Why Olfactory Cilia Use Outward-Flowing Cl−, Not Inward-Flowing Na+, to Generate Current; Need for Consistent Response in Variable Environments & Tiny Volume of Cilia Are Key; Findings Relevant to Nerve-Ending Pathology in Neurodegenerative Disease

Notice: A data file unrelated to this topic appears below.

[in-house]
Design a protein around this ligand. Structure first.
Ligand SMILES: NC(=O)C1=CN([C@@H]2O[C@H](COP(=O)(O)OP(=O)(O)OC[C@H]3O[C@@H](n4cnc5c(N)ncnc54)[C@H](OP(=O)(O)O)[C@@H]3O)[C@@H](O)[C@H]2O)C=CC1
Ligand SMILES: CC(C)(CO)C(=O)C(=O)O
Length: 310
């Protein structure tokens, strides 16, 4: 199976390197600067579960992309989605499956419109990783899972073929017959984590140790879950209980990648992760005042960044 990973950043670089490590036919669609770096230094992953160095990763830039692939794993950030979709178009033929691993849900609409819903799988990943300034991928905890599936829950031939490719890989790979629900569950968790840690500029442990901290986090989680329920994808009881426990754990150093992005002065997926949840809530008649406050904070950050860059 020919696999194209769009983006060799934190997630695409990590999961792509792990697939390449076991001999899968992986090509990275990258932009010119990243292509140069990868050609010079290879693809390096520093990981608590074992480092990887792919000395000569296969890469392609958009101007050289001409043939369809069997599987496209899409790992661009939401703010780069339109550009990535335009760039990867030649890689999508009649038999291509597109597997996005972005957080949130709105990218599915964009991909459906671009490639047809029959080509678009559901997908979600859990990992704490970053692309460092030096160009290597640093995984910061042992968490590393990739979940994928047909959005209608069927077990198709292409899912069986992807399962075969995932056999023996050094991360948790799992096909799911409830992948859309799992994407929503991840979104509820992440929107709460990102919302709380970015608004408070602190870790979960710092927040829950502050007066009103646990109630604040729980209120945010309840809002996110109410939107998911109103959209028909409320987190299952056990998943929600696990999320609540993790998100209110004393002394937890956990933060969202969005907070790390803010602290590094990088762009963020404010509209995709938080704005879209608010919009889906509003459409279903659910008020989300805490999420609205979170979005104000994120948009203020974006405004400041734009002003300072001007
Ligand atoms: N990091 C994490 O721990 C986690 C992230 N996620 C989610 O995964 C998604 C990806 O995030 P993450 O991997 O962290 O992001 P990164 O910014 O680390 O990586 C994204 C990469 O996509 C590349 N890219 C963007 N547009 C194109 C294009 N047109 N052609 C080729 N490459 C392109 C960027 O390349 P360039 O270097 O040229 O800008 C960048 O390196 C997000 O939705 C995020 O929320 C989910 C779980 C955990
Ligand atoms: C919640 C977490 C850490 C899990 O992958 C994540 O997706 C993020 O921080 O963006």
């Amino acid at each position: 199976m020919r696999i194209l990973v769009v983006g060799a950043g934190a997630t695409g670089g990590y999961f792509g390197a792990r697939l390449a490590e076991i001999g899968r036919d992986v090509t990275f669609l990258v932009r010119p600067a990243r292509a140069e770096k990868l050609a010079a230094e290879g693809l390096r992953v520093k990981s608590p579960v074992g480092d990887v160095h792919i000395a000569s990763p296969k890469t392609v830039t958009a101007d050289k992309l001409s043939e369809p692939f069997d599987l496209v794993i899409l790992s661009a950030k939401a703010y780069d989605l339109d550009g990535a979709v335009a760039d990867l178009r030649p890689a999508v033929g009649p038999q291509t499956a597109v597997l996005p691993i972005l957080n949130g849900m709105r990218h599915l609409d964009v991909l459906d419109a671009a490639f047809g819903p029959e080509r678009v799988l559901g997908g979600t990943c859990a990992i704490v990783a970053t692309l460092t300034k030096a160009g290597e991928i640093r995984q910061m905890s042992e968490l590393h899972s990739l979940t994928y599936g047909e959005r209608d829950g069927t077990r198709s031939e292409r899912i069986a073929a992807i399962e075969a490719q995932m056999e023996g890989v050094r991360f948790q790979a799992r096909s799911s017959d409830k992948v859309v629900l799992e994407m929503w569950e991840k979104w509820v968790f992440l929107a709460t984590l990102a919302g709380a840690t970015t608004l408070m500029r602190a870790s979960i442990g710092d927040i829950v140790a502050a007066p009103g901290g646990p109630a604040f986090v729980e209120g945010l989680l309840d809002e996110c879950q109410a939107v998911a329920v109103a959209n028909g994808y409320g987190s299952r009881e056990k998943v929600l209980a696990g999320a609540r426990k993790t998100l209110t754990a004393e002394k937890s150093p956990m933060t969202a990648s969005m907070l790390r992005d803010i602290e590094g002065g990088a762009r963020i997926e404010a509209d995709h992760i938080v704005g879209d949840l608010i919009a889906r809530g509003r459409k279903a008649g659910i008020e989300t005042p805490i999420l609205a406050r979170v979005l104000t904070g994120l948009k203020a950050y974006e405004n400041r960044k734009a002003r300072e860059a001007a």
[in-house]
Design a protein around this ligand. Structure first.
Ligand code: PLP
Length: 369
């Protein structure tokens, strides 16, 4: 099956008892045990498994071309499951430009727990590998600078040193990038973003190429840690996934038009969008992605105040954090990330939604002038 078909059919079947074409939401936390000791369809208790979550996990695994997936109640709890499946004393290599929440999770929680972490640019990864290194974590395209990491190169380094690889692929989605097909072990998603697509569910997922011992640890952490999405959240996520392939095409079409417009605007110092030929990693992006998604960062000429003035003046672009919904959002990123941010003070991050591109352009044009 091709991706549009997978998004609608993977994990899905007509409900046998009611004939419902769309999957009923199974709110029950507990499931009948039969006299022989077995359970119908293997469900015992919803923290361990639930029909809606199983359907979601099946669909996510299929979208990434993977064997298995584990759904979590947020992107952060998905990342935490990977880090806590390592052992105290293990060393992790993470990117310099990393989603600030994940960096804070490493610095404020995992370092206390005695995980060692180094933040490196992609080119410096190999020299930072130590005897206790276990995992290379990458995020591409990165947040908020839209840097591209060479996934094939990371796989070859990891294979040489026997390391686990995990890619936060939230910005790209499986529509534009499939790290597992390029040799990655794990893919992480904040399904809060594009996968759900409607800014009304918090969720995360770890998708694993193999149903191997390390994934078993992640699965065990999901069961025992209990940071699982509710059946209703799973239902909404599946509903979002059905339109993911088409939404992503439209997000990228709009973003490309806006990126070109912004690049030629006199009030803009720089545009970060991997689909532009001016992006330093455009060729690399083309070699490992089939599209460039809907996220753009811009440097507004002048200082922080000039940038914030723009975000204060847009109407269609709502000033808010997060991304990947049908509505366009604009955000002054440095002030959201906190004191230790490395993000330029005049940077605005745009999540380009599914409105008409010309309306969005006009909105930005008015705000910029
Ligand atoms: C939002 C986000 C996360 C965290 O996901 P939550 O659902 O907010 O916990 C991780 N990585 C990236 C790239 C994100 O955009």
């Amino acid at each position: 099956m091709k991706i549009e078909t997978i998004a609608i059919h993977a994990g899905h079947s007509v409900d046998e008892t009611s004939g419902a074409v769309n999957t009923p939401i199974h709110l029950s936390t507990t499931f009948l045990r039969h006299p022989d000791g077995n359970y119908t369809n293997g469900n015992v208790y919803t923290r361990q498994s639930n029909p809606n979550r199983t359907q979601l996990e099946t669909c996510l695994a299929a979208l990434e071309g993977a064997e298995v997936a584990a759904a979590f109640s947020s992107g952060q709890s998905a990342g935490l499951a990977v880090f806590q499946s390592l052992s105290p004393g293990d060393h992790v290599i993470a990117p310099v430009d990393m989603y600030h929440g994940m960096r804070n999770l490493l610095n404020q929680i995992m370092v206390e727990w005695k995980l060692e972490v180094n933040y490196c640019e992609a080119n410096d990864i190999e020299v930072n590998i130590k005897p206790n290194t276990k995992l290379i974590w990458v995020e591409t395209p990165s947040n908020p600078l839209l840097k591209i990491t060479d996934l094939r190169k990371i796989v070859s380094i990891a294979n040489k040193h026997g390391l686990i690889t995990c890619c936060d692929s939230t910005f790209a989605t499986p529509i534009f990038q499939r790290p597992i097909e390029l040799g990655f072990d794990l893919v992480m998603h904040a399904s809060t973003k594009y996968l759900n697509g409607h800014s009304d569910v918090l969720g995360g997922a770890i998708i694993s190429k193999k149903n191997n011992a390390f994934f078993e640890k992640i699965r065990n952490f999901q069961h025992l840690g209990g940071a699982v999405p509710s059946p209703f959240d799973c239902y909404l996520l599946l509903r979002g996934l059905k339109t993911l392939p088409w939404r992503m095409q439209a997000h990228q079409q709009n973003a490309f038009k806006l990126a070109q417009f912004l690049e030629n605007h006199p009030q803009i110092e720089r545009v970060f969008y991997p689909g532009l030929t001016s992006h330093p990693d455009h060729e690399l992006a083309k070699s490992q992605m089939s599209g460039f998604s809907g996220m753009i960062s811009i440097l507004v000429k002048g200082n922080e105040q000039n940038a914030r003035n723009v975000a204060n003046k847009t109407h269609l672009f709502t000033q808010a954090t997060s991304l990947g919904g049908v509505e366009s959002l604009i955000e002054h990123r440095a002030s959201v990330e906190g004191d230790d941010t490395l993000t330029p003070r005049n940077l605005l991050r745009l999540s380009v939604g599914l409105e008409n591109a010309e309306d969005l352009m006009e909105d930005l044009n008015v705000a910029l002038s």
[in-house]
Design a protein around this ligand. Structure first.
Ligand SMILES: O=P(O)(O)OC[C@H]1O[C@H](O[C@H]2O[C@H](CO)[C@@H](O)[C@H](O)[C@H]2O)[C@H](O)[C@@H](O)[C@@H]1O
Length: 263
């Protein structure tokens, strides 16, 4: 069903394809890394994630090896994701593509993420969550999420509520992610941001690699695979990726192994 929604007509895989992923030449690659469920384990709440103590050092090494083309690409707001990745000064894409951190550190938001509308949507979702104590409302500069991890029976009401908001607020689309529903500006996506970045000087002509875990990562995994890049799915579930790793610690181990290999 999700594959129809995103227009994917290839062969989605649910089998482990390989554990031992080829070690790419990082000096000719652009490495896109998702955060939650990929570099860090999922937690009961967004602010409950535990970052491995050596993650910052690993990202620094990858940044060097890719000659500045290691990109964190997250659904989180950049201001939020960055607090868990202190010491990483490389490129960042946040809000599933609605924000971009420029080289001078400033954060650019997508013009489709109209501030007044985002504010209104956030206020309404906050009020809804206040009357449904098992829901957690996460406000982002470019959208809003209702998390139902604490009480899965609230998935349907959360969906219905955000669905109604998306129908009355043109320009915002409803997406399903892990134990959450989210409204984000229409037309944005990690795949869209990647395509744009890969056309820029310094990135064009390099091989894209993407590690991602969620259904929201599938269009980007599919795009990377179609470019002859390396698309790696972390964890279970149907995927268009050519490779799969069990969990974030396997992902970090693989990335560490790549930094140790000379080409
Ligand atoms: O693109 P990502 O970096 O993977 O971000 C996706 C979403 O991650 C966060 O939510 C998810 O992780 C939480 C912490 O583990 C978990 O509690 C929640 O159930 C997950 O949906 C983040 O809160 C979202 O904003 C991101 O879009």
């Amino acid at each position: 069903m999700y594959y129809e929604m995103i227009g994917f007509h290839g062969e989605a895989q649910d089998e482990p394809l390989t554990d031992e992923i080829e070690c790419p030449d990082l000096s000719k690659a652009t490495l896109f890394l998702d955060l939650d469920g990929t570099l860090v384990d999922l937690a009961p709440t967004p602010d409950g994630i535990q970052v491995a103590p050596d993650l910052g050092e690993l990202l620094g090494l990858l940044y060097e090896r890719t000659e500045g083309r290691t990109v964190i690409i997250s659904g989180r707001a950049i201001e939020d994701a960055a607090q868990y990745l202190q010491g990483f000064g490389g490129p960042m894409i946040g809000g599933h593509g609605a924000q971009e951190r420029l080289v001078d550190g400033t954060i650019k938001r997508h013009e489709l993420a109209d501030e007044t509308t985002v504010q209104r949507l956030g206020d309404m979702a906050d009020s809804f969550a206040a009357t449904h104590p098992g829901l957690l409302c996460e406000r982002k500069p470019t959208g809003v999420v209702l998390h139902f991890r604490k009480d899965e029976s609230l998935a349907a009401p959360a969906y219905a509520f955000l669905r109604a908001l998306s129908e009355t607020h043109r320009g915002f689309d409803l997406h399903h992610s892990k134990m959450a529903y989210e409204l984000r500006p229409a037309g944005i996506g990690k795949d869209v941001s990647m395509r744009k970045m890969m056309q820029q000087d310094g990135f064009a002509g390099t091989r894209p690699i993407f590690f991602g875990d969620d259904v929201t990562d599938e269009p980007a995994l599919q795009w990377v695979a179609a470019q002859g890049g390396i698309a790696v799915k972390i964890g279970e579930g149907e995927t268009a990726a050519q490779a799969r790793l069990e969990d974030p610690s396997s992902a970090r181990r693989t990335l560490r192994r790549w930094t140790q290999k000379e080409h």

Imagine trying to figure out how something works when that something takes place in a space smaller than a femtoliter: one quadrillionith of a liter. Now, two scientists with a nose for solving mysteries have used a combination of mathematical modeling, electrophysiology, and computer simulations to explain how cells communicate effectively in highly constricted spaces such as the olfactory cilia, where odor detection takes place. The findings will inform future studies of cellular signaling and communication in the olfactory system and also in other confined spaces of the nervous system. Study co-author Johannes Reisert, PhD, a Monell Chemical Senses Center cell physiologist, comments, "Ion channels and how their currents change ion concentrations inside cells are notoriously difficult to study. Our modeling-based approach enables us to better understand, not only how olfaction works, but also the function of small nerve endings such as dendrites, where pathology is associated with many neurodegenerative diseases." In the study, published online on December 31, 2018 in PNAS, the scientists asked why olfactory receptor cells communicate with the brain using a fundamentally different series of electrical events than used by sensory cells in the visual or auditory systems. The article is titled “Ca2+-Activated Cl− Current Ensures Robust and Reliable Signal Amplification in Vertebrate Olfactory Receptor Neurons.” Olfaction begins when, in a process similar to a key fitting into a lock, an airborne chemical molecule travels through the nasal mucus to bind with an olfactory receptor embedded on the wall of a nerve cell within the nose. The olfactory receptors are located on cilia, elongated super-thin threadlike structures less than 0.000004 inches in diameter, which extend from the nerve cell into the mucus.
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